Lower Dens Impress with New Cuts Despite Small Crowd


Benjamin Shepherd, Photo editor

Geoff Graham, OC ’04, of Lower Dens cradles his bass guitar while bandleader Jana Hunter sings material from the band’s new release, Escape From Evil. The band has recently gained popularity and received numerous positive reviews, yet few attended their performance last Monday at the ’Sco.

Paul Mehnert

When Baltimore’s Lower Dens released their second record Nootropics back in 2012, Pitchfork writer Joe Colly wrote, “There are bands who arrive fully formed and there are those who take a little while to find their footing. Here’s a band you can’t ignore anymore.” If that album demonstrated the band finding their sound, their new release, Escape From Evil, sees them perfecting it. The album, which was released in March of this year, has garnered wide-reaching acclaim, earning the band a “best new music” tag and numerous positive reviews on Pitchfork and Rolling Stone. It was strange, then, to see the band play for such a modest crowd at the ’Sco on Monday night.

Despite their newfound popularity, Lower Dens are not new to the music scene. Bandleader Jana Hunter made her name as an experimental folk artist in the early 2000s, collaborating with prominent acts like Devendra Banhart, Vetiver and Sharon Van Etten. With Lower Dens, however, Hunter has abandoned the sparseness of her earlier material in favor of a much lusher, dreamier indie rock sound in the same vein as groups like Beach House and Wild Nothing.

The night began with opening sets by Cleveland post-punk outfit Pleasure Leftists and Baltimore rapper Abdu Ali. The crowds for both performances were measly and, for the most part, quiet, but both acts made up for the lack of energy in the room with their own onstage intensity. One major highlight occurred when Ali invited a group of about 10 students onstage with him and insisted they dance as hard as they possibly could. Pleasure Leftists and Ali were slightly strange choices for openers, as their loud, abrasive styles stood in stark contrast to the bright, dreamy music of Lower Dens, but both acts gave impressive performances nonetheless.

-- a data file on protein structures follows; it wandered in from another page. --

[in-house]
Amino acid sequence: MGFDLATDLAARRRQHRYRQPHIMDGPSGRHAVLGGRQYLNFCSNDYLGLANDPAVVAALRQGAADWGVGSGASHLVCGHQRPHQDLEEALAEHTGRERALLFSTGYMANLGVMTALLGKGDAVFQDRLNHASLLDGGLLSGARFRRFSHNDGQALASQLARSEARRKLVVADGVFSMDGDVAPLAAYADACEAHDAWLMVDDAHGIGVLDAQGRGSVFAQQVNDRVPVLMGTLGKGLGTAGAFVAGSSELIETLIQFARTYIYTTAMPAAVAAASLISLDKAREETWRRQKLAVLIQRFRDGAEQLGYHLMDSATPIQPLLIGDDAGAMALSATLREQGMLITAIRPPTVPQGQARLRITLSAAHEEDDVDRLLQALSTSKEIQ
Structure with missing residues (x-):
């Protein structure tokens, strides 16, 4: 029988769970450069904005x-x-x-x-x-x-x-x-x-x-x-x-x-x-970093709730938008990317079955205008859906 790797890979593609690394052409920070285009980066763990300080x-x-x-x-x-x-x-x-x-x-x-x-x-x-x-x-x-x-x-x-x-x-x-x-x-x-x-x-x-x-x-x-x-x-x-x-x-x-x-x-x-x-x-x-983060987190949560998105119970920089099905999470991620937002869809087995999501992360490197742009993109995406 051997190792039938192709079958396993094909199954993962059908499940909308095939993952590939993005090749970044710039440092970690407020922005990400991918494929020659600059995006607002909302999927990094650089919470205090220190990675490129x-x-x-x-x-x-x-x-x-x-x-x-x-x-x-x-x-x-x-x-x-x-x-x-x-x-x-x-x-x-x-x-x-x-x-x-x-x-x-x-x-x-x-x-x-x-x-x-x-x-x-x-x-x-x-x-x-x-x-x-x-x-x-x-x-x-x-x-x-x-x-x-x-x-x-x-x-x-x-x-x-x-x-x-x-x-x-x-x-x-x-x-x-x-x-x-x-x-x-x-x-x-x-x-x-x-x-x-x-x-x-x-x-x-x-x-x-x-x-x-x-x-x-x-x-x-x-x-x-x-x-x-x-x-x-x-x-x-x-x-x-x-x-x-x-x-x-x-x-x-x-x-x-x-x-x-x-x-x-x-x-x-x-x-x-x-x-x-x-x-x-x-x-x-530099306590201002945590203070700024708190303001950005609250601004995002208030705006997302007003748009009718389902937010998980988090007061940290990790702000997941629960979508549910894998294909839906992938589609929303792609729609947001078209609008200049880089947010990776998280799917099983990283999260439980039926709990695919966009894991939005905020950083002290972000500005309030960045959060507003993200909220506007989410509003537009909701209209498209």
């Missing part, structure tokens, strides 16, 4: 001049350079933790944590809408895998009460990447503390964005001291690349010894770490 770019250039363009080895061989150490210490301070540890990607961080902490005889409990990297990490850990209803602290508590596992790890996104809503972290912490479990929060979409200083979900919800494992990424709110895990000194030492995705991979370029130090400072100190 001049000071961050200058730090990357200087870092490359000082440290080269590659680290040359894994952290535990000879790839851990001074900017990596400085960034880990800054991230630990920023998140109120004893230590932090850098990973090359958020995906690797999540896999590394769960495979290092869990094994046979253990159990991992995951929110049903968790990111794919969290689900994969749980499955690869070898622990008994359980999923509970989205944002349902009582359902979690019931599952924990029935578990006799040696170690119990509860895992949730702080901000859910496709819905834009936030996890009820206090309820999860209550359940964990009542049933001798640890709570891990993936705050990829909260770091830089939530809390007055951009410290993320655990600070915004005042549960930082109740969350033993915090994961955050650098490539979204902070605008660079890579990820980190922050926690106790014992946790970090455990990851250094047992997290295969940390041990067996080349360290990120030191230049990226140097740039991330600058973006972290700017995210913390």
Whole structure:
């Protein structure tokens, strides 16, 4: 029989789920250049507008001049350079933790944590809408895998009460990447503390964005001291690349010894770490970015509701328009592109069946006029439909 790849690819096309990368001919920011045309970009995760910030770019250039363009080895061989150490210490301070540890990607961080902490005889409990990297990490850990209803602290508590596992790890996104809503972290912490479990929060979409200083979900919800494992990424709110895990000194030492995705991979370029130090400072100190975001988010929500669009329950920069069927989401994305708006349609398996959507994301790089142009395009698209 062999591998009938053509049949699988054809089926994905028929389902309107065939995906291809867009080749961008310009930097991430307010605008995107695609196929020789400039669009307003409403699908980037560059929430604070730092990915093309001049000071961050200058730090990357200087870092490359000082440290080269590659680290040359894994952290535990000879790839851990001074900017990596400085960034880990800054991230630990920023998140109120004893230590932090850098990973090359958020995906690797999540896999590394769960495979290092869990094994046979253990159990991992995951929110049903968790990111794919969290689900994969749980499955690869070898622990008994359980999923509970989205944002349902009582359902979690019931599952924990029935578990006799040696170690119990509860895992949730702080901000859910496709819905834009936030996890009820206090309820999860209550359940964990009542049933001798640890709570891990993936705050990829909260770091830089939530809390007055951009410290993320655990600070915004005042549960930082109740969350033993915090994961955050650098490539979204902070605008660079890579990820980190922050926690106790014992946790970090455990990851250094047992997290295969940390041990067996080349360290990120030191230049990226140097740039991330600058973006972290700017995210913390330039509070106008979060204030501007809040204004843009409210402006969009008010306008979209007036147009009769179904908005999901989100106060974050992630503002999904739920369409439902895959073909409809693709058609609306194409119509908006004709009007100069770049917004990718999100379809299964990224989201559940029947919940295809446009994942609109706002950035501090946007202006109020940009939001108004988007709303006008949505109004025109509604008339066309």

It was nearly midnight by the time Lower Dens took the stage. The band walked out quietly and confidently. Their setup was simple, consisting of Geoff Graham, OC ’04, on bass, Nate Nelson on drums, Walker Teret on guitar and Hunter, who sang and occasionally played guitar. Hunter was soft-spoken and endearingly awkward as she introduced the band members. The group then kicked off their set with the song “Quo Vadis” from Escape From Evil, and the energy in the room immediately livened. Hunter showed off her excellent vocal range, sounding even more emotive in person than on the record. Next, the band transitioned into “To Die In L.A.,” Escape from Evil’s lead single and one of the band’s most recognizable songs. As soon as audience members heard the opening drum fill, they started reaching for their phones to capture the moment on video.

The set continued in a similar fashion: mostly new tracks with a few older favorites thrown in. Toward the end of the performance, the crowd had severely thinned out. However, those who stuck around maintained the energy level with ease. The band ended their set in a similarly exciting fashion, with Hunter dramatically walking off stage while Teret held his guitar up to the amplifier to create blaring feedback. They didn’t play an encore, but they didn’t need to; their stellar live performance was satisfying enough. Lower Dens has gained a new level of popularity this year, and with that has come a new level of confidence and a feeling of raw excitement that was evident in their Oberlin debut.